Rather than write about change, which, apparently, is what I write about most of the time here, when I’m not plugging myself shamelessly (see above), I’m trying to actually change. You know, for a change. Haha.
It is HARD. And by “hard,” I mean that song I wrote does not come within five-landing-strips-of-a-gigantic-barn close to describing the level of difficulty. As my teacher and many other teachers before me have said wisely and well, however much you dislike the things that are keeping you from going where you say you’d like to, they are the things that have kept you alive, and they are not going down without a fight. Plus they have much, much bigger muscles and much greater familiarity with the dank, dark alleyways of your soul than these fresh little hopes.
Nevertheless, I am making what looks like some small progress in this one small (but terrifying!) area of change. I will reserve my observations for some time in the future, when I’m further on the other side of this bastard, both because I need to conserve my energy right now and because I am in the thick of it, which doesn’t give one much of a useful perspective when it comes to analysis. I will, however, float out a few scattered observations in the hope that they may help you or someone you love flail less during the grappling period.
Things that help when you’re in the throes of change:
- Unbroken blocks of time, scheduled in the calendar. They can be small, but they should be there. Whatever the thing you’re working on changing requires your undivided attention, because if you let up for a minute, those gremlins sneak in and take the wheel.
- Insane amounts of sleep. As much as you can grab. Gremlin-fighting is exhausting. Water is probably helpful, too. I should probably be drinking a lot more water.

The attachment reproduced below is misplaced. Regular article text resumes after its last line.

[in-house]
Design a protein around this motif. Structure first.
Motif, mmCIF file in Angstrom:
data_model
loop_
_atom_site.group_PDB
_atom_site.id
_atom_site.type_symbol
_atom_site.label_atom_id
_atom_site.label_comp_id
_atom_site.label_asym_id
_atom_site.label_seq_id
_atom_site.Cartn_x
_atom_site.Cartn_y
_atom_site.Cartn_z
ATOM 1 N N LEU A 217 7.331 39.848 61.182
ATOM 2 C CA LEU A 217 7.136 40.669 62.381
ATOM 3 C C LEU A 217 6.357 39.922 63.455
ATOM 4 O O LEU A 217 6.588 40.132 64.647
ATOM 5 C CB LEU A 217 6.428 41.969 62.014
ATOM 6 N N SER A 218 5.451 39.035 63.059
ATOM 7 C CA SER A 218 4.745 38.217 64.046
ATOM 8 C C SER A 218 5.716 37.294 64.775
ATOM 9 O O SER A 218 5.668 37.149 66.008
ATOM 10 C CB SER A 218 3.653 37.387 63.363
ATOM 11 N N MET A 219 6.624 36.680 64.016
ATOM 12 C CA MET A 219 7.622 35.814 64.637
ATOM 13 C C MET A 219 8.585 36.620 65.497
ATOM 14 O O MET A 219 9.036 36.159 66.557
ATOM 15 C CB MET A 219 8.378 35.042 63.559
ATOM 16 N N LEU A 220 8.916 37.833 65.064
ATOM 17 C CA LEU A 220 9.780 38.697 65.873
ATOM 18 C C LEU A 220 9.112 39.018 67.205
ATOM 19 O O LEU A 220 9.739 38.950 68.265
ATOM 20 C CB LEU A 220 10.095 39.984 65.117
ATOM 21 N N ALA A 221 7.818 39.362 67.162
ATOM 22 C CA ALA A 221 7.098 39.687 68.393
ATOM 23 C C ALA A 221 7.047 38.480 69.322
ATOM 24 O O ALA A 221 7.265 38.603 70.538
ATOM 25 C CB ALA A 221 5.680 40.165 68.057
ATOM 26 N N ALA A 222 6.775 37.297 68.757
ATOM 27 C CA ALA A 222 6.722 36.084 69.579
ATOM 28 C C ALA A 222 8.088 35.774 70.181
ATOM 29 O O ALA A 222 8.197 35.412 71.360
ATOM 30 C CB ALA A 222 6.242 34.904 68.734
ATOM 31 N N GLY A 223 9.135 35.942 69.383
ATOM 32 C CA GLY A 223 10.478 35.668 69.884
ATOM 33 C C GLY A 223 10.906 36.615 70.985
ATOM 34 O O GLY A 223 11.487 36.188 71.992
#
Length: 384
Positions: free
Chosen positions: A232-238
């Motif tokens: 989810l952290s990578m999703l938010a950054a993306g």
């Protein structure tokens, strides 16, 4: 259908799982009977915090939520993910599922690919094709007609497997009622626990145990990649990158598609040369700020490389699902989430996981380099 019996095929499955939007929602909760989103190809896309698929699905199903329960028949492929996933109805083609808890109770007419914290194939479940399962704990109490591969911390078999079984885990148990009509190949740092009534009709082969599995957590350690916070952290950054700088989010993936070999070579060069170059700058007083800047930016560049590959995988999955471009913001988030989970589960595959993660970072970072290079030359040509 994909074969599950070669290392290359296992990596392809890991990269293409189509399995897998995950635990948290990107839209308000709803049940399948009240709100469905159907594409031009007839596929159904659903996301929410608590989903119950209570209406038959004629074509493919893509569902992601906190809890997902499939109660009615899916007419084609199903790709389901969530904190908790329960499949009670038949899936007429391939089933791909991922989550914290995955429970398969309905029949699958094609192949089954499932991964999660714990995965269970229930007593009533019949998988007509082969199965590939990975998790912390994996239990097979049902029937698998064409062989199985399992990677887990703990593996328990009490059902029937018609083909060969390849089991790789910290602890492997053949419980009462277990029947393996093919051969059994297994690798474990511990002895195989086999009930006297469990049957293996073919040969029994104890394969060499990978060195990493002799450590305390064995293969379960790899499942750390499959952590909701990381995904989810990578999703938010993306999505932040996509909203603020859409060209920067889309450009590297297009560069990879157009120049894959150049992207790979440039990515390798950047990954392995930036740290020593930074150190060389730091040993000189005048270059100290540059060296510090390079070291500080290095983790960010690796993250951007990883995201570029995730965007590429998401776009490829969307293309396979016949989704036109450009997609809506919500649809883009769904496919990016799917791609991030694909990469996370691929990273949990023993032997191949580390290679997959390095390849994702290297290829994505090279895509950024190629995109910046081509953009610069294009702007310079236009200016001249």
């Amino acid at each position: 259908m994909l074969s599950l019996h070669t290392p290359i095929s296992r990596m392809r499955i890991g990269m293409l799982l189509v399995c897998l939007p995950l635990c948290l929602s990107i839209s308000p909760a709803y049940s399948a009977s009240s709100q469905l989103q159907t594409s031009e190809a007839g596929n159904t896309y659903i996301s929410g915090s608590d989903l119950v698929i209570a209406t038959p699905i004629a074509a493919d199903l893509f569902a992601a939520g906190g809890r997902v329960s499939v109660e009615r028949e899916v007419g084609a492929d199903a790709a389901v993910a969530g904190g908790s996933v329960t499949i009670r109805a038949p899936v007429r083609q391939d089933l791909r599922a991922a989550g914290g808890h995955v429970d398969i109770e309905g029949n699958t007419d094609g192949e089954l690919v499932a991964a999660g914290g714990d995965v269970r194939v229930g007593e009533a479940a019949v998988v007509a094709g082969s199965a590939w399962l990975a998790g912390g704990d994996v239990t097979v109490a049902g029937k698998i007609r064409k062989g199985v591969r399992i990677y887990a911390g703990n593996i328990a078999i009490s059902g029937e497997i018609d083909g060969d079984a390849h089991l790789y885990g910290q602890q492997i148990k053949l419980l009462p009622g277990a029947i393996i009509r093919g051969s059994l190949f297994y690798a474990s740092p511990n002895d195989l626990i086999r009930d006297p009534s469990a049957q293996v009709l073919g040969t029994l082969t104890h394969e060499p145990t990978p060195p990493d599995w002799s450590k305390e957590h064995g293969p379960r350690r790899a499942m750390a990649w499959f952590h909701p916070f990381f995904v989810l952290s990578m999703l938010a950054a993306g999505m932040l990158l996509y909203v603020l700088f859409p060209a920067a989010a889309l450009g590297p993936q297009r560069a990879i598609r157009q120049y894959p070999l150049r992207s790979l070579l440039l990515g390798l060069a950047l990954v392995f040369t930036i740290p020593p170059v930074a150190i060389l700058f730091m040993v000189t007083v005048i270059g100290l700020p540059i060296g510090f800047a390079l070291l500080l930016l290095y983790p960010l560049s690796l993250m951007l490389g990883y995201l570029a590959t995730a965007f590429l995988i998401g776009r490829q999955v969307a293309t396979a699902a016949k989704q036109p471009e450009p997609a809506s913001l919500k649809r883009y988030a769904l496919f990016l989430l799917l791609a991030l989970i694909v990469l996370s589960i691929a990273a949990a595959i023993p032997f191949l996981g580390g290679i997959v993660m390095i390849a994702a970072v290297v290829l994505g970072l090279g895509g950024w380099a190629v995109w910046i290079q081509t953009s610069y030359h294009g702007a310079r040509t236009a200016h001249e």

- Something relatively non-hazardous that lets you unplug. I sat in an Epsom-salt bath for two hours last night. I haven’t done this since I was recovering from my Crohn’s onset.
- Knowing you can cancel extracurricular plans. You do not have to cancel, but reminding yourself you can cancel may be enough. I think this is something about feeling like you are The Boss of You.
- 50/10 hours. That is, 50 minutes of whatever is hard, followed by 10 minutes of something that is easy. It can be easy and pleasant, or easy and boring, or even easy and yucky. But 50 of hard to 10 of easy has helped.
- Writing things down. By this I mean both keeping a list of your intentions AND using something to slough off the crazy scribblings the gremlins get busy producing. Morning pages are excellent, but really, any timed blathering on a page will do.
- Letting the rest of it temporarily go to hell in a handbasket. The gremlins, they’re DYING for you to feel like you have to keep the house clean and keep up with your exercise regimen and and and. Of course, if your change-thing is staying tidy or starting to exercise, adjust to fit. What I’m saying is that perfectionism is a gremlin’s best friend.
- Calendaring in a light at the end of the tunnel. I have a break scheduled for later this week. During that time, I will not even think about change. It is a change from change. Not that I will use the time to go back to my bad habit, I’m removing myself from the environment, to ensure no backsliding. But it will be a truce. The gremlins and I will be on holiday, having a picnic.
It’s interesting, looking at these, because I note that many of them are things my friend Brooks recommends for people who are doing a clutter bust: concentrate on one thing at a time, give yourself plenty of rest, drink lots of water. And it makes sense, because changing a really big, or really small, but entrenched, habit is like letting go of an especially charged piece of clutter: something you’ve had around for a long time, that you have a lot invested in, but that is no longer serving.
This is already longer than I’d intended. So much so that a part of me thought perhaps I should scrap it or even just file it away and write something much shorter. I was close, until I heard what sounded suspiciously like a chorus of gremlins rubbing their tiny hands together with glee.
I will write a shorter post another day, when I have time. Right now, it’s time to change…